The last two months have seen a series of leaks, reports, and parliamentary questions on the state of Britain's "war readiness".
Despite the sensitive nature of this information, no action has been taken to find the source of the leaks. It is likely that the leaks are part of an orchestrated campaign by sections of the military and the political establishment to justify substantial increases in military spending.
* In an unprecedented disclosure, a Ministry of Defence (MoD) spokesman announced that the Royal Navy is facing a £500 million budget deficit. A funding crisis meant that the Navy had been forced to cancel one exercise, withdraw 14 ships from another and even impose a 15-knot speed limit on its frigates to save fuel.
* A letter on the "parlous" state of the Defence Medical Services, from Admiral Sir John Brigstocke, was leaked to the BBC. The letter claimed that 1,500 sailors had been invalided out of the Navy because proper treatment cannot be afforded and that the number of military doctors is less than half its required strength.
* Other reports, also "leaked" to the BBC, alleged British military operations against Serbia were weakened by lack of resources, which meant some troops having to buy their own camp beds or navigation equipment. The reports claim that, under these circumstances, a British land invasion would have ended in military disaster.
This information has come out at a point when the British military is genuinely over-stretched. Since 1997, 38 overseas missions have been carried out, including continuing operations against Iraq, in Kosovo and in East Timor. In contrast to the relative stability of the Cold War period, these operations are generally violent, rapidly prepared, and justified as humanitarian or peacekeeping missions. In addition, garrisons are maintained in such dispersed regions as the Malvinas (Falkland) islands, Gibraltar, Germany, Belize, Canada, Diego Garcia, as well as 15,000 troops that are still stationed in Northern Ireland.
The Strategic Defence Review (SDR), inaugurated under the incoming Labour government in 1997 and delivered in 1998, called for a military re-orientation away from the set-piece land battles of Cold War strategic planning. Future wars would be fought with rapidly assembled and highly mobile forces that could be called upon to intervene in any area of the world. The SDR envisaged that the UK's forces should be able to fight two medium-sized wars at the same time, while engaging in a range of operations from peacekeeping to "defence diplomacy" and drug enforcement. These would generally be with NATO or other European forces.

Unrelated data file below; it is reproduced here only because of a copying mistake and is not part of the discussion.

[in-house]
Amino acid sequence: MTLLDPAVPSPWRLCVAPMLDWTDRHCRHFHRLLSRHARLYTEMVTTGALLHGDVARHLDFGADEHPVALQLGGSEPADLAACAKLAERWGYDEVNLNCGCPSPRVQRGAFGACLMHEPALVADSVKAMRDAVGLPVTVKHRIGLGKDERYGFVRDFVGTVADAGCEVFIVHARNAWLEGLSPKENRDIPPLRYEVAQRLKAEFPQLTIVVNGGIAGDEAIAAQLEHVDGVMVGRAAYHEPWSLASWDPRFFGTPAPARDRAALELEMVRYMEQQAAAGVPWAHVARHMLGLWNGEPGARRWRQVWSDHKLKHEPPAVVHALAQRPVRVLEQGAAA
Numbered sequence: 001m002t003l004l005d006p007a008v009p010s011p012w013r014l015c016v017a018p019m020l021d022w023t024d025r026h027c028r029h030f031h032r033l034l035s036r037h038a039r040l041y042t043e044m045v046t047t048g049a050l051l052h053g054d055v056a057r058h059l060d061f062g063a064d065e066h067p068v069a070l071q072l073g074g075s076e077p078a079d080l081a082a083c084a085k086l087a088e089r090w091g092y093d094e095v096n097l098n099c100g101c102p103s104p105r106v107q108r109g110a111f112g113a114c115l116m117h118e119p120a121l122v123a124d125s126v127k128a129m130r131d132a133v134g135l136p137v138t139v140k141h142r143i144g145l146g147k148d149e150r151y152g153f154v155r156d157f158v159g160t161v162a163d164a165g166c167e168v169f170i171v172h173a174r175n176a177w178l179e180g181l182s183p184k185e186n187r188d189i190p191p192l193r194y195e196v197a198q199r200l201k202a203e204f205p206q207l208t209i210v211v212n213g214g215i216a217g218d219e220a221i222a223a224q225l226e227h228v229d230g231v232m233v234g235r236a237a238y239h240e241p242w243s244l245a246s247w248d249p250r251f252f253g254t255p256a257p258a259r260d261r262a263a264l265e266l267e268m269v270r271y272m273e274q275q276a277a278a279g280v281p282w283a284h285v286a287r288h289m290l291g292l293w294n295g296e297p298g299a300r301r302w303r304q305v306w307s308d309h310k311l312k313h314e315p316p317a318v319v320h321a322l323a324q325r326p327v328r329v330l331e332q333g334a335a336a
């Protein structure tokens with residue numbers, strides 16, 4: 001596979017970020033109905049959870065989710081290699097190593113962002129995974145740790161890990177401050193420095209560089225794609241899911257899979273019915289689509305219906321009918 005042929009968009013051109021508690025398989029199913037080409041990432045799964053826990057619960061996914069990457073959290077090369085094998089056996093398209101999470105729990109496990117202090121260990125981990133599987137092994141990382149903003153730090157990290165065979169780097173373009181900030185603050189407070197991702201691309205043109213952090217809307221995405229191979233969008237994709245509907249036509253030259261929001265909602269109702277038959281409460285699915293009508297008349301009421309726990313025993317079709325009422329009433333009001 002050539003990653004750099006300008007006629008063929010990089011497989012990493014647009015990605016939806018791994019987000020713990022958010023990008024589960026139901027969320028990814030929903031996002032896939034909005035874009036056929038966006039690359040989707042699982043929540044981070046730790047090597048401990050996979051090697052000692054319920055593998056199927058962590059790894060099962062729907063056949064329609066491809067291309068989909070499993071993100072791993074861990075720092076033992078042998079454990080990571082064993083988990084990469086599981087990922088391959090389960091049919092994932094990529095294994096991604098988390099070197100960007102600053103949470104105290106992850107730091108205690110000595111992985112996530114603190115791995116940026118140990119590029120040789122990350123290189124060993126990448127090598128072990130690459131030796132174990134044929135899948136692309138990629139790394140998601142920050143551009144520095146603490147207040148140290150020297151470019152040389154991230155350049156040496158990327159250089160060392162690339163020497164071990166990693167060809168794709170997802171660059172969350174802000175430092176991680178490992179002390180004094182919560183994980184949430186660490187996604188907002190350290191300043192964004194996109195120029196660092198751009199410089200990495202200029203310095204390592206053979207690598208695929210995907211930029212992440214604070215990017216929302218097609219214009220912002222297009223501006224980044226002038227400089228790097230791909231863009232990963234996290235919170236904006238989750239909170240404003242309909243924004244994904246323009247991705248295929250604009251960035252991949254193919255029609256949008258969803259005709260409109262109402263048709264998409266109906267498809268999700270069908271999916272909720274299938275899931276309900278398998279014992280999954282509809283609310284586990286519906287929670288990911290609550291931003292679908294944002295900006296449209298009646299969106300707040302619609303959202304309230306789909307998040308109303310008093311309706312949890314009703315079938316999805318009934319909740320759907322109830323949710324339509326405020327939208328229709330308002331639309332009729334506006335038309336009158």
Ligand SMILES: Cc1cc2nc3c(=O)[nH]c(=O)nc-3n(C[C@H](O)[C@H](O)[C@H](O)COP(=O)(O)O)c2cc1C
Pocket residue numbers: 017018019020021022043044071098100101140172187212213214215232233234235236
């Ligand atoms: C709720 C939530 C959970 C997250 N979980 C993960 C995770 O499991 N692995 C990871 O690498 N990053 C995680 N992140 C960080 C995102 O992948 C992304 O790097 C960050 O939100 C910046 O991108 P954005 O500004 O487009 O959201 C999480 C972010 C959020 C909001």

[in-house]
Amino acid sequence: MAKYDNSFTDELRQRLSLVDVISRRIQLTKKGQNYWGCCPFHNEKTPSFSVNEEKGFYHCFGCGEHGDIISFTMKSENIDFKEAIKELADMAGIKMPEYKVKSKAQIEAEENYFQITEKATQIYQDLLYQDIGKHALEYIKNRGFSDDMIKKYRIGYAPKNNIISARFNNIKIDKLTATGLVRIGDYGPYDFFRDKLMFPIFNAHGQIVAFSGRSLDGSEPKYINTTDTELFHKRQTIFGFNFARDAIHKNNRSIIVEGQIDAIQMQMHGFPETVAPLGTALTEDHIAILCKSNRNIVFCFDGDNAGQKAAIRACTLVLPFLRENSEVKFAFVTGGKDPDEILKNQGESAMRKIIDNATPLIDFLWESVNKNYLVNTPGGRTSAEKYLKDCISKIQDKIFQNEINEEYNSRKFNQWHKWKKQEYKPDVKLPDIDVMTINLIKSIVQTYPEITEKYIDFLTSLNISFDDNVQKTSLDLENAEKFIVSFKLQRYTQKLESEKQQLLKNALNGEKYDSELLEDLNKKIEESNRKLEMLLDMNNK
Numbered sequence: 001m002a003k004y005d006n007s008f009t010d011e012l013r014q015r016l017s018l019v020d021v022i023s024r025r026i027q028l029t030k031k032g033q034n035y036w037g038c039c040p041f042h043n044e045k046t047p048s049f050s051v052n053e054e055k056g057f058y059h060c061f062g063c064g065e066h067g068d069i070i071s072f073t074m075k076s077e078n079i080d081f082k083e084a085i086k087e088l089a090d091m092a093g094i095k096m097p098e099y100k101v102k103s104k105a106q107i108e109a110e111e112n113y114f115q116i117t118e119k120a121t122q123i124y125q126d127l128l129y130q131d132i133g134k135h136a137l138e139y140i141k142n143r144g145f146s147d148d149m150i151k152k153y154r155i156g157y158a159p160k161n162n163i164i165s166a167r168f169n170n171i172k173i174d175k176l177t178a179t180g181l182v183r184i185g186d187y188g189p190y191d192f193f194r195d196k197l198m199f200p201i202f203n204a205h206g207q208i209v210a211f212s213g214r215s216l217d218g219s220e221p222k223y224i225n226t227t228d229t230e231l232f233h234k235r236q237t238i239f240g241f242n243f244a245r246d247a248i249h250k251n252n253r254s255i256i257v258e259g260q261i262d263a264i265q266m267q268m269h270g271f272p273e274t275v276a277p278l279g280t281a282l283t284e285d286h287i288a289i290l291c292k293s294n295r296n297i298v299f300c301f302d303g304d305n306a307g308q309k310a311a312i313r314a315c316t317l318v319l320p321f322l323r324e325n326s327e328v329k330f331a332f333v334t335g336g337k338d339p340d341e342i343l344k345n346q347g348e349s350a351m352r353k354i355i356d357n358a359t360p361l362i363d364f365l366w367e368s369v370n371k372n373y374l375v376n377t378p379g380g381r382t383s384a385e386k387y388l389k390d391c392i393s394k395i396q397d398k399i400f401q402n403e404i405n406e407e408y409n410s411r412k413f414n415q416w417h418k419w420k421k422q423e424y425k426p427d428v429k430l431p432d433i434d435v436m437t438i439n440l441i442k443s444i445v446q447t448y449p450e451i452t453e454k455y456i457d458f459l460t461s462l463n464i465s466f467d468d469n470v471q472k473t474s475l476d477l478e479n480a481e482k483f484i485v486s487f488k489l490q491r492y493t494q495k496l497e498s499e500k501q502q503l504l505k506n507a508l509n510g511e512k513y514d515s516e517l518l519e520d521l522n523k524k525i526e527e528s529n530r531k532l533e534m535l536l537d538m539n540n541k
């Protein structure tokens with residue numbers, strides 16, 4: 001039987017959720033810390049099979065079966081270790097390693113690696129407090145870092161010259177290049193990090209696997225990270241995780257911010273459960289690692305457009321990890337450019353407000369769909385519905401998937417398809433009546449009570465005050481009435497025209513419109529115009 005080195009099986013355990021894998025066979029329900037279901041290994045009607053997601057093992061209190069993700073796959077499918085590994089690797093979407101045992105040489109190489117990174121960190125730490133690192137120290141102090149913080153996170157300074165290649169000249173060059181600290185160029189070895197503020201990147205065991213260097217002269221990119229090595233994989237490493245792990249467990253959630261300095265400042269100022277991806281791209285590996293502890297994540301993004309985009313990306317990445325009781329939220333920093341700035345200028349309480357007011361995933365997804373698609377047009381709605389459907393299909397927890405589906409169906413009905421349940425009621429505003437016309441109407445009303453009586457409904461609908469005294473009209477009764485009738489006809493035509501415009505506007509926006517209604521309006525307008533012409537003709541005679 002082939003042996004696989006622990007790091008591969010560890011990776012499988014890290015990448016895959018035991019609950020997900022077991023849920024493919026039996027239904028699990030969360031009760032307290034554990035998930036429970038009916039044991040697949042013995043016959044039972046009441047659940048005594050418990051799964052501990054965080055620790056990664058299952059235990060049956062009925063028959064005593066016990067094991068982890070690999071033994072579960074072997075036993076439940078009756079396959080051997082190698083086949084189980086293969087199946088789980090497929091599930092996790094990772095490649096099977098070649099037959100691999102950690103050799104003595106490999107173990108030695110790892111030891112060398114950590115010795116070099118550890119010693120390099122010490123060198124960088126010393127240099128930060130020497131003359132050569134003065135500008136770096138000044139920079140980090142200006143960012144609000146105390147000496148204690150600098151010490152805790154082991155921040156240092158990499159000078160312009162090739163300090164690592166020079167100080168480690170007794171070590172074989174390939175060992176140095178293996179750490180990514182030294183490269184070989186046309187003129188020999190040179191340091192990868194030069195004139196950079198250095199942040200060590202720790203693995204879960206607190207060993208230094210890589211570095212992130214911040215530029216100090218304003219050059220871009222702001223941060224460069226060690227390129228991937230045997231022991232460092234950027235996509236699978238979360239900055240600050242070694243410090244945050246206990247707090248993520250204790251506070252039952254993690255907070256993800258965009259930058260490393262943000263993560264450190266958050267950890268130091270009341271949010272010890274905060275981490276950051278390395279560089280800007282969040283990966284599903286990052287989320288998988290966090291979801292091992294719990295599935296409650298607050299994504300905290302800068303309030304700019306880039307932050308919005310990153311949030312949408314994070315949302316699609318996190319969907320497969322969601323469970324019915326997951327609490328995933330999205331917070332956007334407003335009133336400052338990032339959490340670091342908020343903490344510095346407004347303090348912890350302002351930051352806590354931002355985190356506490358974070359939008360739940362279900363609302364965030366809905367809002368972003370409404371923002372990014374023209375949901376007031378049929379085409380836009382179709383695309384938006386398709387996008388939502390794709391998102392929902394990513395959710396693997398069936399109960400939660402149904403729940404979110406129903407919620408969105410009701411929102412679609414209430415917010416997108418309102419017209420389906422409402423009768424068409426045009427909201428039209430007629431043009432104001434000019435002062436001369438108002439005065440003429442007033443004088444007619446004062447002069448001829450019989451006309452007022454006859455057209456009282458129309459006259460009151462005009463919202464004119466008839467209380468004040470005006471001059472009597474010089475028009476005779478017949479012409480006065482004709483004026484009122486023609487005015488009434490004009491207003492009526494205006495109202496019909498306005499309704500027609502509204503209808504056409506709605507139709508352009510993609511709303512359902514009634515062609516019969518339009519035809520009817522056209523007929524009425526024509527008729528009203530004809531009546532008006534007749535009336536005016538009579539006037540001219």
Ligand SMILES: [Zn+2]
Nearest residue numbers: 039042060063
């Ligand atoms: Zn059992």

To this end, the SDR called for new aircraft carriers, ferries, helicopter squadrons, and transport aircraft to be built. The management of the hitherto relatively separate army, navy and air force would be merged. The part-time Territorial Army would be strengthened. All this would be carried out within the rigorously enforced £22 billion total departmental budget for the Ministry of Defence—a one-third reduction since the end of the Cold War.
The fundamental changes the Labour government is pushing through can be further seen in a White Paper, issued in December 1999. This took forward the SDR and concretised the agreements made after the December conference of EU leaders at Helsinki, where Britain and France led calls for stronger European armed forces. The White Paper notes that in the light of the events in the Balkans, where European military weakness was exposed in comparison to its American allies, Europe should be able to assemble a force of between 50,000 and 60,000 troops "together with appropriate air and naval elements". Intended as a force able to "tackle the most demanding crisis-management tasks" and "militarily self-sustaining for at least a year" this was not to be regarded as a "European army."